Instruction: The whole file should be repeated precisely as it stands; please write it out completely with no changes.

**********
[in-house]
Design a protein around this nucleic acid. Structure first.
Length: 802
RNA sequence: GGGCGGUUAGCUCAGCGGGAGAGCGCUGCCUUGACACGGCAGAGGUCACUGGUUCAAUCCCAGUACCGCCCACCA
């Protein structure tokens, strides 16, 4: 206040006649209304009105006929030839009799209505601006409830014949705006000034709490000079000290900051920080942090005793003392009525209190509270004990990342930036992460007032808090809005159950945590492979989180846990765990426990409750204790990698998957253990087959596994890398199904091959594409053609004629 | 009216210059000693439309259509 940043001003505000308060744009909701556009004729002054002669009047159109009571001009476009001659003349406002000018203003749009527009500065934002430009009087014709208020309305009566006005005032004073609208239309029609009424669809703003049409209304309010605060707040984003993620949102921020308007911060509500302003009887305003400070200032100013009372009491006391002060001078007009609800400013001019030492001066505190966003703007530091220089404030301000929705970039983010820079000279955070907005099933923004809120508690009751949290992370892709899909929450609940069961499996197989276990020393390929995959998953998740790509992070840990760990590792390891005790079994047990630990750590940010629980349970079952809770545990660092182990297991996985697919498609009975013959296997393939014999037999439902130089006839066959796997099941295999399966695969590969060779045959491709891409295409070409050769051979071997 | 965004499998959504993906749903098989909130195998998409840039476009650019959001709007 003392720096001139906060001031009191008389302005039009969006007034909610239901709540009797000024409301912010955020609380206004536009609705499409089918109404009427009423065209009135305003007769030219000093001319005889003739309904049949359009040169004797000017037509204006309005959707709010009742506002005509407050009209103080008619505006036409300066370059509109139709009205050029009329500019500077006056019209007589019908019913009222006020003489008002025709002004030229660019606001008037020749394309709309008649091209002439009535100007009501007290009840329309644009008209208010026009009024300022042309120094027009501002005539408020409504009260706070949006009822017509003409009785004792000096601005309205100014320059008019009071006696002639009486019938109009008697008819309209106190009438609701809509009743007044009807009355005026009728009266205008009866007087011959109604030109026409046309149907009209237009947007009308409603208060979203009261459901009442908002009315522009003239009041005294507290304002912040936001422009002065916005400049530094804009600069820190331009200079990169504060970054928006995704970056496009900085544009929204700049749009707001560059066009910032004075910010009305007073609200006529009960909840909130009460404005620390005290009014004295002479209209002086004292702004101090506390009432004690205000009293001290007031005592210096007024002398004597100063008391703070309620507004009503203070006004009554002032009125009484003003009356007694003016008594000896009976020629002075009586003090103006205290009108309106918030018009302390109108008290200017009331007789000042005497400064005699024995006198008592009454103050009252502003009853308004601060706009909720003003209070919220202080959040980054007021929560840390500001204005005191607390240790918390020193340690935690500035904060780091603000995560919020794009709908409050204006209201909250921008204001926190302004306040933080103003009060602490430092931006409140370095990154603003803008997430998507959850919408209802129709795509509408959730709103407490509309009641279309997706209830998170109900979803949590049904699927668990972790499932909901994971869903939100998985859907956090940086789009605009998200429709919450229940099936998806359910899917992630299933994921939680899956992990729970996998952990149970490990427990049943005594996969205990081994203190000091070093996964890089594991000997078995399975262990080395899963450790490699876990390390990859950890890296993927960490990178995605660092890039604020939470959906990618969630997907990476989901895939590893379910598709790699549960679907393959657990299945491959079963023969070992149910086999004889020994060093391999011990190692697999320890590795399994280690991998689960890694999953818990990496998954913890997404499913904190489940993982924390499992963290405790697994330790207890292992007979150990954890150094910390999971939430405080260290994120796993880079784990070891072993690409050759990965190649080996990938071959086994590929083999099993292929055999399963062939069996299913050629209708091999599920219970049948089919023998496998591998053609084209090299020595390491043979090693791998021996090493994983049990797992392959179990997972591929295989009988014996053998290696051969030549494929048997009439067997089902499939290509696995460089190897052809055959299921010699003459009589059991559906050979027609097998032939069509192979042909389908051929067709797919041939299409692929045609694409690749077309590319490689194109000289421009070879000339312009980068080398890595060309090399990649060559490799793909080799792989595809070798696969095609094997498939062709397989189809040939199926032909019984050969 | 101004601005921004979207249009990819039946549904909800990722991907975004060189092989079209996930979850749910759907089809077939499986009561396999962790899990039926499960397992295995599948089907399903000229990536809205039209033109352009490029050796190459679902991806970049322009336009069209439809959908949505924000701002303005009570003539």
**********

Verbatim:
[in-house]
Design a protein around this nucleic acid. Structure first.
Length: 802
RNA sequence: GGGCGGUUAGCUCAGCGGGAGAGCGCUGCCUUGACACGGCAGAGGUCACUGGUUCAAUCCCAGUACCGCCCACCA
């Protein structure tokens, strides 16, 4: 206040006649209304009105006929030839009799209505601006409830014949705006000034709490000079000290900051920080942090005793003392009525209190509270004990990342930036992460007032808090809005159950945590492979989180846990765990426990409750204790990698998957253990087959596994890398199904091959594409053609004629 | 009216210059000693439309259509 940043001003505000308060744009909701556009004729002054002669009047159109009571001009476009001659003349406002000018203003749009527009500065934002430009009087014709208020309305009566006005005032004073609208239309029609009424669809703003049409209304309010605060707040984003993620949102921020308007911060509500302003009887305003400070200032100013009372009491006391002060001078007009609800400013001019030492001066505190966003703007530091220089404030301000929705970039983010820079000279955070907005099933923004809120508690009751949290992370892709899909929450609940069961499996197989276990020393390929995959998953998740790509992070840990760990590792390891005790079994047990630990750590940010629980349970079952809770545990660092182990297991996985697919498609009975013959296997393939014999037999439902130089006839066959796997099941295999399966695969590969060779045959491709891409295409070409050769051979071997 | 965004499998959504993906749903098989909130195998998409840039476009650019959001709007 003392720096001139906060001031009191008389302005039009969006007034909610239901709540009797000024409301912010955020609380206004536009609705499409089918109404009427009423065209009135305003007769030219000093001319005889003739309904049949359009040169004797000017037509204006309005959707709010009742506002005509407050009209103080008619505006036409300066370059509109139709009205050029009329500019500077006056019209007589019908019913009222006020003489008002025709002004030229660019606001008037020749394309709309008649091209002439009535100007009501007290009840329309644009008209208010026009009024300022042309120094027009501002005539408020409504009260706070949006009822017509003409009785004792000096601005309205100014320059008019009071006696002639009486019938109009008697008819309209106190009438609701809509009743007044009807009355005026009728009266205008009866007087011959109604030109026409046309149907009209237009947007009308409603208060979203009261459901009442908002009315522009003239009041005294507290304002912040936001422009002065916005400049530094804009600069820190331009200079990169504060970054928006995704970056496009900085544009929204700049749009707001560059066009910032004075910010009305007073609200006529009960909840909130009460404005620390005290009014004295002479209209002086004292702004101090506390009432004690205000009293001290007031005592210096007024002398004597100063008391703070309620507004009503203070006004009554002032009125009484003003009356007694003016008594000896009976020629002075009586003090103006205290009108309106918030018009302390109108008290200017009331007789000042005497400064005699024995006198008592009454103050009252502003009853308004601060706009909720003003209070919220202080959040980054007021929560840390500001204005005191607390240790918390020193340690935690500035904060780091603000995560919020794009709908409050204006209201909250921008204001926190302004306040933080103003009060602490430092931006409140370095990154603003803008997430998507959850919408209802129709795509509408959730709103407490509309009641279309997706209830998170109900979803949590049904699927668990972790499932909901994971869903939100998985859907956090940086789009605009998200429709919450229940099936998806359910899917992630299933994921939680899956992990729970996998952990149970490990427990049943005594996969205990081994203190000091070093996964890089594991000997078995399975262990080395899963450790490699876990390390990859950890890296993927960490990178995605660092890039604020939470959906990618969630997907990476989901895939590893379910598709790699549960679907393959657990299945491959079963023969070992149910086999004889020994060093391999011990190692697999320890590795399994280690991998689960890694999953818990990496998954913890997404499913904190489940993982924390499992963290405790697994330790207890292992007979150990954890150094910390999971939430405080260290994120796993880079784990070891072993690409050759990965190649080996990938071959086994590929083999099993292929055999399963062939069996299913050629209708091999599920219970049948089919023998496998591998053609084209090299020595390491043979090693791998021996090493994983049990797992392959179990997972591929295989009988014996053998290696051969030549494929048997009439067997089902499939290509696995460089190897052809055959299921010699003459009589059991559906050979027609097998032939069509192979042909389908051929067709797919041939299409692929045609694409690749077309590319490689194109000289421009070879000339312009980068080398890595060309090399990649060559490799793909080799792989595809070798696969095609094997498939062709397989189809040939199926032909019984050969 | 101004601005921004979207249009990819039946549904909800990722991907975004060189092989079209996930979850749910759907089809077939499986009561396999962790899990039926499960397992295995599948089907399903000229990536809205039209033109352009490029050796190459679902991806970049322009336009069209439809959908949505924000701002303005009570003539």